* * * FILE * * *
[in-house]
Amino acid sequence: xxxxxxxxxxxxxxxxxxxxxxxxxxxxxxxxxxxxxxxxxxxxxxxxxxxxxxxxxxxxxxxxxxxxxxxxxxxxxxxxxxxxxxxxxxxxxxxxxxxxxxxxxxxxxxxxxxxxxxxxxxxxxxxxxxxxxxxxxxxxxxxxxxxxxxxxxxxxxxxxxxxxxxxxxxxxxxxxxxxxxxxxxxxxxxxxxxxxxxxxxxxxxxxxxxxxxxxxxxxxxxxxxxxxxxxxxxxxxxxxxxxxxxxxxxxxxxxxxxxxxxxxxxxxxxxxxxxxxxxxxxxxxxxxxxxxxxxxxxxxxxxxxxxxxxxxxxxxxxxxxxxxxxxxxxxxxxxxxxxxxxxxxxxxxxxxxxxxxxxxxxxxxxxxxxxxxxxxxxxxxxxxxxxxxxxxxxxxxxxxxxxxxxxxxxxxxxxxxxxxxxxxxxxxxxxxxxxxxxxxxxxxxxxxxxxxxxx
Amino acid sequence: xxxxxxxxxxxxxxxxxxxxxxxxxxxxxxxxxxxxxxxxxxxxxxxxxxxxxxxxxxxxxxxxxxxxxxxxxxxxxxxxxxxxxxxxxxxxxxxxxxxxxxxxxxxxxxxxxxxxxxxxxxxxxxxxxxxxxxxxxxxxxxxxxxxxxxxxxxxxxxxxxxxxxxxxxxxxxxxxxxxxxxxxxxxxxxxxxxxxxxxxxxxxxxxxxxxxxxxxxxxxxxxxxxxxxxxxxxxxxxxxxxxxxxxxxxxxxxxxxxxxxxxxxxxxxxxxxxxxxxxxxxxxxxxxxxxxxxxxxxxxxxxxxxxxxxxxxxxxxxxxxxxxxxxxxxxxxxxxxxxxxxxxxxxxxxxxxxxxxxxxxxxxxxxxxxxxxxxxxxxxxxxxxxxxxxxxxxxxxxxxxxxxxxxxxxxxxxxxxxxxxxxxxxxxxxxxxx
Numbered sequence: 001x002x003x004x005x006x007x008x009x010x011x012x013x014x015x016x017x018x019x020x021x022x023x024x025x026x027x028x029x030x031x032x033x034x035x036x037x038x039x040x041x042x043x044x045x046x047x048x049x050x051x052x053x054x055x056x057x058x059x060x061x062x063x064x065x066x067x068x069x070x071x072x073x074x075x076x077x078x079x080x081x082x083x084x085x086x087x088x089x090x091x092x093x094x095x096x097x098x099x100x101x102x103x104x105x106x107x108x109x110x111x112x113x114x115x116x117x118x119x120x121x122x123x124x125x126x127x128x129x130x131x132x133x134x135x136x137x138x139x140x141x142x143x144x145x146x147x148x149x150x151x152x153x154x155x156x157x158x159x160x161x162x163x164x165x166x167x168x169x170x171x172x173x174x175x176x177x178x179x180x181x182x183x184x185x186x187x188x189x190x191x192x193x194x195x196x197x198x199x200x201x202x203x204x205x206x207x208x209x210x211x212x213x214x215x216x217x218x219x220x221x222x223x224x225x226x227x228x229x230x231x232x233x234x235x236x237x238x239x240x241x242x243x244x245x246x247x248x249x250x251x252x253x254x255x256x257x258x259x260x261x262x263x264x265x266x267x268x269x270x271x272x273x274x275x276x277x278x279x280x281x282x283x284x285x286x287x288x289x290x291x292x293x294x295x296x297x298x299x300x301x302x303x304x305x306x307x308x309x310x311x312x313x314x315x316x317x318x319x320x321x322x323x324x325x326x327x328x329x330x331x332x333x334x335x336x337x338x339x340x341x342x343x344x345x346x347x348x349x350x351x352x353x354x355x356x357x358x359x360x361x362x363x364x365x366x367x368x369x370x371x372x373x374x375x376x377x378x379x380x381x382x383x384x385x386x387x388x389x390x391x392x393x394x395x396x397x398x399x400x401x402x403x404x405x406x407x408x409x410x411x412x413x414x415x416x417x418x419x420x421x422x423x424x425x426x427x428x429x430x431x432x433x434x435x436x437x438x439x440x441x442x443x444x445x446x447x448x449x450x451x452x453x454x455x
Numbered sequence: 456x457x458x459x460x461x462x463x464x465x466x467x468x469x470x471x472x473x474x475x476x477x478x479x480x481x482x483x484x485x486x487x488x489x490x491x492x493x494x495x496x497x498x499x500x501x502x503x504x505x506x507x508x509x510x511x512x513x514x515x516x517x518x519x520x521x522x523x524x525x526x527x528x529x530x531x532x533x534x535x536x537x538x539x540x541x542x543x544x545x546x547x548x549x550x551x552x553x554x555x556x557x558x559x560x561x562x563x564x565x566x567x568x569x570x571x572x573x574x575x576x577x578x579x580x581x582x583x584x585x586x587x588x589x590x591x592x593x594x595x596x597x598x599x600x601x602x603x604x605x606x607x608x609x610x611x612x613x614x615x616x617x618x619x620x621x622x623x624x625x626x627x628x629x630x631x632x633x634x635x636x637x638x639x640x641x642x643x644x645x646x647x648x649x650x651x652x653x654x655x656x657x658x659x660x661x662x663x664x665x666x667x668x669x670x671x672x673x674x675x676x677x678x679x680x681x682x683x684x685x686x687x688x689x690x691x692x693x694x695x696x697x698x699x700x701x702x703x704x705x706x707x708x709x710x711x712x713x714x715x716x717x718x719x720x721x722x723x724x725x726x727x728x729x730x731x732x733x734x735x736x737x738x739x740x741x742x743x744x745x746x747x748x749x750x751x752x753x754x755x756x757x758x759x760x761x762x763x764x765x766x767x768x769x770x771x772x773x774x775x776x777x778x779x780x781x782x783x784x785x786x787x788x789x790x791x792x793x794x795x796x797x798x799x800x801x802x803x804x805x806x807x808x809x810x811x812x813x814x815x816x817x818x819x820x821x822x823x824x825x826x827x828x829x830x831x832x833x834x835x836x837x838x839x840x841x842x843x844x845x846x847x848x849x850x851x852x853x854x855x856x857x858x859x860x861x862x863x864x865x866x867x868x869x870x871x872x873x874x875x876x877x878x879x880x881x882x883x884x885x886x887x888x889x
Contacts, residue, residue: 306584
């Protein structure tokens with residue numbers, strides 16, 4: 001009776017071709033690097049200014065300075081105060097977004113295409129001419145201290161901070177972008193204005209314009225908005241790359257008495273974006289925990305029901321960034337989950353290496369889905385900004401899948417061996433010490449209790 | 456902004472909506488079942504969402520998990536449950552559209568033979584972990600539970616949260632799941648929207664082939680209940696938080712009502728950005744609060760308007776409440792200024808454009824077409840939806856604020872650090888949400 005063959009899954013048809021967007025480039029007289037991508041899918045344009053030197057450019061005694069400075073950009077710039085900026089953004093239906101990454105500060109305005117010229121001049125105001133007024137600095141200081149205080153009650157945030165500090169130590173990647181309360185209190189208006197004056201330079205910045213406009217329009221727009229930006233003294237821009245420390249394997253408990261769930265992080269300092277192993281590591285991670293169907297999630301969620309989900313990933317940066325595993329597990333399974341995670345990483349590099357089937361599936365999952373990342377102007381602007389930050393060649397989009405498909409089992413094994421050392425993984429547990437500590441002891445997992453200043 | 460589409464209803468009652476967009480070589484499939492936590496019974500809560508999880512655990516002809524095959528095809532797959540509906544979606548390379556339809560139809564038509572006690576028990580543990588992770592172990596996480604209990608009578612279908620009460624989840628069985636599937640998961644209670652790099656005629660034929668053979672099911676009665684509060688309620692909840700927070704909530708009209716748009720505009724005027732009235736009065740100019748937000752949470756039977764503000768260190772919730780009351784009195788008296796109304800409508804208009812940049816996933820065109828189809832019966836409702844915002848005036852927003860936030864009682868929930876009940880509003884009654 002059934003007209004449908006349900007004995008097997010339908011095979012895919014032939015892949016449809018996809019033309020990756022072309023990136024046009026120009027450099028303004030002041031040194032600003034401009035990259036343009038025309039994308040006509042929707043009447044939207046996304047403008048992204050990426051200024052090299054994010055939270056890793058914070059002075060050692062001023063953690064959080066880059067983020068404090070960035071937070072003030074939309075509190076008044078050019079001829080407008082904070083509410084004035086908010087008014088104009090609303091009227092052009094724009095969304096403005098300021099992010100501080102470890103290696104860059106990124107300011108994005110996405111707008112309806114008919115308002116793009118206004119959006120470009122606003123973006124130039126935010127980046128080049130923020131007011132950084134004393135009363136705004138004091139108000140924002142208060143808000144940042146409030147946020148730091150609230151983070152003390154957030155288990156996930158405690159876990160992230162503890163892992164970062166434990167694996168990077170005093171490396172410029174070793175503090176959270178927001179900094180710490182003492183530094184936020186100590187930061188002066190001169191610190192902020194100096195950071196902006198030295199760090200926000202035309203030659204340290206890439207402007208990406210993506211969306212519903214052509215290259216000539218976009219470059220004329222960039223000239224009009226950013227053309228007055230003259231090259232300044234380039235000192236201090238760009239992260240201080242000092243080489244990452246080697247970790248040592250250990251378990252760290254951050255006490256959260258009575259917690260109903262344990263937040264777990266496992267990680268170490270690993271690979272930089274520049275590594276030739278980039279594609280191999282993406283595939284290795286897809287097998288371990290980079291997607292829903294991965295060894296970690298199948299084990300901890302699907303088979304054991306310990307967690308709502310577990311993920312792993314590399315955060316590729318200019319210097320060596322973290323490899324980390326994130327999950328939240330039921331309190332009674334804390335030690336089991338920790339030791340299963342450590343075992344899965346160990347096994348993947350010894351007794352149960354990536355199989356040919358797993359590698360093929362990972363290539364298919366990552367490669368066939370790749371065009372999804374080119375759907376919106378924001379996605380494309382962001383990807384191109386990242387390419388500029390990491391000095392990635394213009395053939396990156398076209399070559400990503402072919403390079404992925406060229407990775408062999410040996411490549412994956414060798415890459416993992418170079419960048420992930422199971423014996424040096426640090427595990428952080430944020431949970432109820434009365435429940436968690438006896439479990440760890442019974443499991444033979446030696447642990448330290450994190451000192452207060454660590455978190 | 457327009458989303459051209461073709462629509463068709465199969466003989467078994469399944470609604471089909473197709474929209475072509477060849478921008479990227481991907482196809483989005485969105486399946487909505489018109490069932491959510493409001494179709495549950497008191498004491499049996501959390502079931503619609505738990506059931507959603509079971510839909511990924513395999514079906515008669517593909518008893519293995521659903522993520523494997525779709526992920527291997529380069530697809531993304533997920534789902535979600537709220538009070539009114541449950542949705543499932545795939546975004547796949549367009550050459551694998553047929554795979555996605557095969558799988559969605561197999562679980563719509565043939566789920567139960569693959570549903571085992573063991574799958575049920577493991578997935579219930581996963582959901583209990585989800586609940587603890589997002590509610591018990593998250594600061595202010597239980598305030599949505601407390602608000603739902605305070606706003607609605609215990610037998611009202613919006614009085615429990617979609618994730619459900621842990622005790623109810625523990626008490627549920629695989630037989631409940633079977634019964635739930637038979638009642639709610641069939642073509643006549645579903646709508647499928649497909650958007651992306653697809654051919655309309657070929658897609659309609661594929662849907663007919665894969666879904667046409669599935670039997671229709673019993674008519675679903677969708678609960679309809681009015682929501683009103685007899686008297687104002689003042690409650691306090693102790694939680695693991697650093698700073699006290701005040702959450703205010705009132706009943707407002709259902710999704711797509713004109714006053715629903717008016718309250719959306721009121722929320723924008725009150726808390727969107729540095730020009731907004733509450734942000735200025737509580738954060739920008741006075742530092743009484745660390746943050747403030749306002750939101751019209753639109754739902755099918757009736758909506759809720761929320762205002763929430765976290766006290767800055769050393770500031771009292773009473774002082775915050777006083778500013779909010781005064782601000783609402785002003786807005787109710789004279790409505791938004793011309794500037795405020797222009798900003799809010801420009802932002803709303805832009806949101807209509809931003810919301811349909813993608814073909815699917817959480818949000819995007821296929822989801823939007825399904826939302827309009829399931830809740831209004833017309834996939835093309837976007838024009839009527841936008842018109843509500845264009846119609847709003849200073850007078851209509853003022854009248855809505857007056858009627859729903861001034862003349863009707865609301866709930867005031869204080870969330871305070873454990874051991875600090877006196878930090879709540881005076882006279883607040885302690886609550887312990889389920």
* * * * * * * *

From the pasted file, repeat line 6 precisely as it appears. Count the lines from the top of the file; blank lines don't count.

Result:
Contacts, residue, residue: 306584